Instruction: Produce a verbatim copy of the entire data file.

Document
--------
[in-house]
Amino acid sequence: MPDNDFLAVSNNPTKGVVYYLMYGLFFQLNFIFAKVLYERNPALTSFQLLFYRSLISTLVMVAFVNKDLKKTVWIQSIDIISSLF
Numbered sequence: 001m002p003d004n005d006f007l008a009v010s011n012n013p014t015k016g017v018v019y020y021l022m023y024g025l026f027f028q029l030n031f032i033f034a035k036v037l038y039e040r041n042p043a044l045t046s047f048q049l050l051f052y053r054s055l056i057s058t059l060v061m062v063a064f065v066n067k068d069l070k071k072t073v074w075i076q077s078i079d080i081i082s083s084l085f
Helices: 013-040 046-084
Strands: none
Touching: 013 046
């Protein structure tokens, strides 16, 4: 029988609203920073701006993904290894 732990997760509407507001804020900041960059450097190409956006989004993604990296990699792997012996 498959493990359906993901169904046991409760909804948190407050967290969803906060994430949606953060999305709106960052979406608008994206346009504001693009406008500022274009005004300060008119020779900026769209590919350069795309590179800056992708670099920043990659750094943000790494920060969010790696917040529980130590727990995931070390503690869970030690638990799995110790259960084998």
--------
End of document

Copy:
[in-house]
Amino acid sequence: MPDNDFLAVSNNPTKGVVYYLMYGLFFQLNFIFAKVLYERNPALTSFQLLFYRSLISTLVMVAFVNKDLKKTVWIQSIDIISSLF
Numbered sequence: 001m002p003d004n005d006f007l008a009v010s011n012n013p014t015k016g017v018v019y020y021l022m023y024g025l026f027f028q029l030n031f032i033f034a035k036v037l038y039e040r041n042p043a044l045t046s047f048q049l050l051f052y053r054s055l056i057s058t059l060v061m062v063a064f065v066n067k068d069l070k071k072t073v074w075i076q077s078i079d080i081i082s083s084l085f
Helices: 013-040 046-084
Strands: none
Touching: 013 046
């Protein structure tokens, strides 16, 4: 029988609203920073701006993904290894 732990997760509407507001804020900041960059450097190409956006989004993604990296990699792997012996 498959493990359906993901169904046991409760909804948190407050967290969803906060994430949606953060999305709106960052979406608008994206346009504001693009406008500022274009005004300060008119020779900026769209590919350069795309590179800056992708670099920043990659750094943000790494920060969010790696917040529980130590727990995931070390503690869970030690638990799995110790259960084998």